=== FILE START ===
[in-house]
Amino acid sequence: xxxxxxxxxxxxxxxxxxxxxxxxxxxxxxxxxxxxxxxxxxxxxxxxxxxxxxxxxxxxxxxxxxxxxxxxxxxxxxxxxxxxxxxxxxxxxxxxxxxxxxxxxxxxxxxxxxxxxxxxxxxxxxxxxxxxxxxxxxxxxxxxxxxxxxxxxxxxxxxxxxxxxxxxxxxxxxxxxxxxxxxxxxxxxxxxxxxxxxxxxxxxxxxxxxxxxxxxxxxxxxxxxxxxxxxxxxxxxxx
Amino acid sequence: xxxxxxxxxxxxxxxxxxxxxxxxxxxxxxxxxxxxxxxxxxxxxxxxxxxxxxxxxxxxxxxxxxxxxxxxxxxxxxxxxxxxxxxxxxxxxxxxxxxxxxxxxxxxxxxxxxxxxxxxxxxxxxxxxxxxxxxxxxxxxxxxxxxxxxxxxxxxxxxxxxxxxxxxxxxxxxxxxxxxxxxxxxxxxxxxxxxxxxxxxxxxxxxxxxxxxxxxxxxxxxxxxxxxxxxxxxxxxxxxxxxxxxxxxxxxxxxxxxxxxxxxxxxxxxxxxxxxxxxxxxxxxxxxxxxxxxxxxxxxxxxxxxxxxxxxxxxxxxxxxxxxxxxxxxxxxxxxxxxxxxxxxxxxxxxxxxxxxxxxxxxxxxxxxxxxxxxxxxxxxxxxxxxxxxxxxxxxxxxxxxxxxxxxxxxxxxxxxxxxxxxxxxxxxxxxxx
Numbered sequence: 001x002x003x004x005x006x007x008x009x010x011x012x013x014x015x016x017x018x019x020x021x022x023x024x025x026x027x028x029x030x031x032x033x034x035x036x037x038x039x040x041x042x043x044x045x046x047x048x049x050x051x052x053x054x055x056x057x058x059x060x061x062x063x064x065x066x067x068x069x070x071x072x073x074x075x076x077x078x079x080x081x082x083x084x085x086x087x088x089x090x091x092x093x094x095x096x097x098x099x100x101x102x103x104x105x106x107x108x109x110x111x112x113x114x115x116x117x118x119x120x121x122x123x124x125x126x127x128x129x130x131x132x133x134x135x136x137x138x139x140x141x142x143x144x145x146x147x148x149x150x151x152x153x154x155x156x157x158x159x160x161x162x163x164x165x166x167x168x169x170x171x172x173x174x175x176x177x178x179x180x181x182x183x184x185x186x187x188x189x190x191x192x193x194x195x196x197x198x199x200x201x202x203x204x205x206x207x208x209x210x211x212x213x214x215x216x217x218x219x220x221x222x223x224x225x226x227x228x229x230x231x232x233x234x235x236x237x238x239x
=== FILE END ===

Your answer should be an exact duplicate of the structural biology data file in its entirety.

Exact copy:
[in-house]
Amino acid sequence: xxxxxxxxxxxxxxxxxxxxxxxxxxxxxxxxxxxxxxxxxxxxxxxxxxxxxxxxxxxxxxxxxxxxxxxxxxxxxxxxxxxxxxxxxxxxxxxxxxxxxxxxxxxxxxxxxxxxxxxxxxxxxxxxxxxxxxxxxxxxxxxxxxxxxxxxxxxxxxxxxxxxxxxxxxxxxxxxxxxxxxxxxxxxxxxxxxxxxxxxxxxxxxxxxxxxxxxxxxxxxxxxxxxxxxxxxxxxxxx
Amino acid sequence: xxxxxxxxxxxxxxxxxxxxxxxxxxxxxxxxxxxxxxxxxxxxxxxxxxxxxxxxxxxxxxxxxxxxxxxxxxxxxxxxxxxxxxxxxxxxxxxxxxxxxxxxxxxxxxxxxxxxxxxxxxxxxxxxxxxxxxxxxxxxxxxxxxxxxxxxxxxxxxxxxxxxxxxxxxxxxxxxxxxxxxxxxxxxxxxxxxxxxxxxxxxxxxxxxxxxxxxxxxxxxxxxxxxxxxxxxxxxxxxxxxxxxxxxxxxxxxxxxxxxxxxxxxxxxxxxxxxxxxxxxxxxxxxxxxxxxxxxxxxxxxxxxxxxxxxxxxxxxxxxxxxxxxxxxxxxxxxxxxxxxxxxxxxxxxxxxxxxxxxxxxxxxxxxxxxxxxxxxxxxxxxxxxxxxxxxxxxxxxxxxxxxxxxxxxxxxxxxxxxxxxxxxxxxxxxxxx
Numbered sequence: 001x002x003x004x005x006x007x008x009x010x011x012x013x014x015x016x017x018x019x020x021x022x023x024x025x026x027x028x029x030x031x032x033x034x035x036x037x038x039x040x041x042x043x044x045x046x047x048x049x050x051x052x053x054x055x056x057x058x059x060x061x062x063x064x065x066x067x068x069x070x071x072x073x074x075x076x077x078x079x080x081x082x083x084x085x086x087x088x089x090x091x092x093x094x095x096x097x098x099x100x101x102x103x104x105x106x107x108x109x110x111x112x113x114x115x116x117x118x119x120x121x122x123x124x125x126x127x128x129x130x131x132x133x134x135x136x137x138x139x140x141x142x143x144x145x146x147x148x149x150x151x152x153x154x155x156x157x158x159x160x161x162x163x164x165x166x167x168x169x170x171x172x173x174x175x176x177x178x179x180x181x182x183x184x185x186x187x188x189x190x191x192x193x194x195x196x197x198x199x200x201x202x203x204x205x206x207x208x209x210x211x212x213x214x215x216x217x218x219x220x221x222x223x224x225x226x227x228x229x230x231x232x233x234x235x236x237x238x239x